Washington: The US today announced the resumption of regular flights to and from Cuba, the latest step in the thawing relationship between the two Cold War-era enemies.
"On December 16, the United States and Cuba reached a bilateral arrangement to establish scheduled air services between the two countries," the State Department said in a statement.
"This arrangement will continue to allow charter operations and establish scheduled air service, which will facilitate an increase in authorised travel, enhance traveller choices and promote people-to-people links between the two countries," it said.
Meanwhile, US President Barack Obama today called for the lifting of the US embargo against Cuba.
"Congress can support a better life for the Cuban people by lifting an embargo that is a legacy of a failed policy," he said in a statement.
The deal to resume regular commercial flights was finalised last night, an official was quoted as saying by CNN. The official could not say when flights would actually resume, because there are other steps the Federal Aviation Administration needs to take to ensure certain safety regulations are in place.
However, media reports said the aviation deal allows 30 regularly scheduled flights a day. "A stronger civil aviation relationship will facilitate growth in authorised travel between our two countries," the statement said. US law still bars travel to Cuba for tourism.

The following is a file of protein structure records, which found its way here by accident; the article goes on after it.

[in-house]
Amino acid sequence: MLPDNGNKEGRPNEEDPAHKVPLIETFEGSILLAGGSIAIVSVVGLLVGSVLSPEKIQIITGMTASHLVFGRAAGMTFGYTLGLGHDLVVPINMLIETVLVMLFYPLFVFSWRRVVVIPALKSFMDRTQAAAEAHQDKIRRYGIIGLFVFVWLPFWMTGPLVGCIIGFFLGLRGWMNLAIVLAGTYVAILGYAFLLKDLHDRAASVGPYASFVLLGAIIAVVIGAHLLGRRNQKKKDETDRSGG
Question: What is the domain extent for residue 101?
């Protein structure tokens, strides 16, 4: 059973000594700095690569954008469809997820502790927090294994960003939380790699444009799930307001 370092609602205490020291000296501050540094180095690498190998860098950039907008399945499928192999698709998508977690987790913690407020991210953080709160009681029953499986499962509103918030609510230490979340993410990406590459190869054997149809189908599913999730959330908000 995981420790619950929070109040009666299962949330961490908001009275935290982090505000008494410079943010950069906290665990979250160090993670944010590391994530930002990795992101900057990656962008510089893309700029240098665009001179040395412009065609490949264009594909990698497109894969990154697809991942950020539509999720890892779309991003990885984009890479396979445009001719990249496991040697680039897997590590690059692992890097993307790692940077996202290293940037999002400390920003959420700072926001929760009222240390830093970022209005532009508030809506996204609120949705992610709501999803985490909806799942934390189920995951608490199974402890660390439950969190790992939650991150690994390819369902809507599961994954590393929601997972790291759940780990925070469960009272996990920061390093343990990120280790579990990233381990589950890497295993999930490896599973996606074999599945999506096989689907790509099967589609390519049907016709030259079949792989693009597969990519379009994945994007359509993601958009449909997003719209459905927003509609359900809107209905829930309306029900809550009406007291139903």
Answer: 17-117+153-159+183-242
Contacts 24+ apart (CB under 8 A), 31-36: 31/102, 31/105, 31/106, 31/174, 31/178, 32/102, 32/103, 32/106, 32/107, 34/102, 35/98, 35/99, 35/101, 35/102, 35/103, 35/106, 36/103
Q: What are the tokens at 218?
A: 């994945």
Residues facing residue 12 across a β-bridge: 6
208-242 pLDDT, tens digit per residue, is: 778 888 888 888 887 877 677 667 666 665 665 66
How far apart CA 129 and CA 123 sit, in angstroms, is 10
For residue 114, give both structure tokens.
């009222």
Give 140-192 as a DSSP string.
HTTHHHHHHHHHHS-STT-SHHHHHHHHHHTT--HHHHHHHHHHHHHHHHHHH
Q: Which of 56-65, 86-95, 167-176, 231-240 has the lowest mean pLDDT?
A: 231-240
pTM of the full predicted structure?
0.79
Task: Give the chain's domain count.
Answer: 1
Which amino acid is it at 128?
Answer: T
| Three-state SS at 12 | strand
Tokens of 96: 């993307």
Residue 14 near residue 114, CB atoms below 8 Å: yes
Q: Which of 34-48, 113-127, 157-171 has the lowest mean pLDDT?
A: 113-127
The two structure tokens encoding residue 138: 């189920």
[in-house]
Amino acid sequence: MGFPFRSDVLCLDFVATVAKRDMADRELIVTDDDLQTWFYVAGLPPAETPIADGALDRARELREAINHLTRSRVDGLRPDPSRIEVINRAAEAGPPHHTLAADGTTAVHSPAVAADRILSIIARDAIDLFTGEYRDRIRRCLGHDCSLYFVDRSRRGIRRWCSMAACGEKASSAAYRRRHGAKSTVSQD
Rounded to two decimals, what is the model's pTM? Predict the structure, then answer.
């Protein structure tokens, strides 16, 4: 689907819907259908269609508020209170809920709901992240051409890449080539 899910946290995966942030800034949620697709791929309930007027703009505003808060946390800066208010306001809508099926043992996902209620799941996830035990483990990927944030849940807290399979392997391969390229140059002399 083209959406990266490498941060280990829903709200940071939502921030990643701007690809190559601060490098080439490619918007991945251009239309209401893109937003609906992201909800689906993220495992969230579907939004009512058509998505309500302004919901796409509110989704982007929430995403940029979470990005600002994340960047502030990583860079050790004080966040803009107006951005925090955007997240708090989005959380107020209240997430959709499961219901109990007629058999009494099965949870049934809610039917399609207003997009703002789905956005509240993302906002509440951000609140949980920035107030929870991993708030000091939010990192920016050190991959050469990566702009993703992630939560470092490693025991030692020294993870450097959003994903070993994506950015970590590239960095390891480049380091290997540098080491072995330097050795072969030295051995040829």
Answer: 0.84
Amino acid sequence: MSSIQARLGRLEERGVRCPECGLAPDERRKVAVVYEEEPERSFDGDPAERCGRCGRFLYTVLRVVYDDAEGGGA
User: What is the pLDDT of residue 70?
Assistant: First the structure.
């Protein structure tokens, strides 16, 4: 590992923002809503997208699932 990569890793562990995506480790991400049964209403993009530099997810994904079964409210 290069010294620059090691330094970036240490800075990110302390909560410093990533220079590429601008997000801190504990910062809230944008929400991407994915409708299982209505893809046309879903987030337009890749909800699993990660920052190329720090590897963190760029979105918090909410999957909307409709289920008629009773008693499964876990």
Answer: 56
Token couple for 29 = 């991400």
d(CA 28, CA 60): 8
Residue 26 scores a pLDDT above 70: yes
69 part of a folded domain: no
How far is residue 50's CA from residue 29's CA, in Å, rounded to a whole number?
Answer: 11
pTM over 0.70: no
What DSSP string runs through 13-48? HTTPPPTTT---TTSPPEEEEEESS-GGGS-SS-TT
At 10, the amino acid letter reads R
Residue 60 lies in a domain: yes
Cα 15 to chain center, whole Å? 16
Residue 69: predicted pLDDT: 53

The move to announce the start of commercial flights is the latest in a series of steps taken to cool off tensions between the two countries.
Cuban Foreign Minister Bruno Rodriguez Parilla travelled to Washington in July to re-open Cuba's US Embassy, and Secretary of State John Kerry flew to Cuba a month later to re-open the US Embassy there for the first time since 1961.
"When the United States shuttered our embassy in 1961, I don't think anyone thought it would be more than half a century before it reopened," President Barack Obama had said.
And in April, Obama met for an hour with his Cuban counterpart Raul Castro, the first time the two nations' top leaders sat down for substantive talks in more than 50 years.
But not all Cold War vestiges have been cast off -- the US embargo remains in place with support from Republican lawmakers who have railed against President Obama's efforts to renew relations with Cuba.
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